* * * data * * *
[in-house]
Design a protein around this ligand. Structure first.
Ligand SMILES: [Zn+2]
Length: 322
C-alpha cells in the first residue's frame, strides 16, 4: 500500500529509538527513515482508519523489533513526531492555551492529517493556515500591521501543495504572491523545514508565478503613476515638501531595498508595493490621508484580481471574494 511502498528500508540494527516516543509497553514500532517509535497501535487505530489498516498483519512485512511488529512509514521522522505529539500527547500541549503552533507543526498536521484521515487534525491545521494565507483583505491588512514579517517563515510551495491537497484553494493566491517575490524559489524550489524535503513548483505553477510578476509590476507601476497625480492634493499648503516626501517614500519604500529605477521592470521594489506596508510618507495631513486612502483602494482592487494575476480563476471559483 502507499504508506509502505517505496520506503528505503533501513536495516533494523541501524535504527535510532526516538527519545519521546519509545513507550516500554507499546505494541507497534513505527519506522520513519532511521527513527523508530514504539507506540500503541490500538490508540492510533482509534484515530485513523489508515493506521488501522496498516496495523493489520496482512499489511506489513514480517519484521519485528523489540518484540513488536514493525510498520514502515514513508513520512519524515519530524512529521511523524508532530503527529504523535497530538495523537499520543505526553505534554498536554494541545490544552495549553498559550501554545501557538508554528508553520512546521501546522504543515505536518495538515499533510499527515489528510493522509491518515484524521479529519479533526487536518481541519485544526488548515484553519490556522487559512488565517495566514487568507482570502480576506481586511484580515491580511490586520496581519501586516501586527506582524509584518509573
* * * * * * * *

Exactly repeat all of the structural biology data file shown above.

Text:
[in-house]
Design a protein around this ligand. Structure first.
Ligand SMILES: [Zn+2]
Length: 322
C-alpha cells in the first residue's frame, strides 16, 4: 500500500529509538527513515482508519523489533513526531492555551492529517493556515500591521501543495504572491523545514508565478503613476515638501531595498508595493490621508484580481471574494 511502498528500508540494527516516543509497553514500532517509535497501535487505530489498516498483519512485512511488529512509514521522522505529539500527547500541549503552533507543526498536521484521515487534525491545521494565507483583505491588512514579517517563515510551495491537497484553494493566491517575490524559489524550489524535503513548483505553477510578476509590476507601476497625480492634493499648503516626501517614500519604500529605477521592470521594489506596508510618507495631513486612502483602494482592487494575476480563476471559483 502507499504508506509502505517505496520506503528505503533501513536495516533494523541501524535504527535510532526516538527519545519521546519509545513507550516500554507499546505494541507497534513505527519506522520513519532511521527513527523508530514504539507506540500503541490500538490508540492510533482509534484515530485513523489508515493506521488501522496498516496495523493489520496482512499489511506489513514480517519484521519485528523489540518484540513488536514493525510498520514502515514513508513520512519524515519530524512529521511523524508532530503527529504523535497530538495523537499520543505526553505534554498536554494541545490544552495549553498559550501554545501557538508554528508553520512546521501546522504543515505536518495538515499533510499527515489528510493522509491518515484524521479529519479533526487536518481541519485544526488548515484553519490556522487559512488565517495566514487568507482570502480576506481586511484580515491580511490586520496581519501586516501586527506582524509584518509573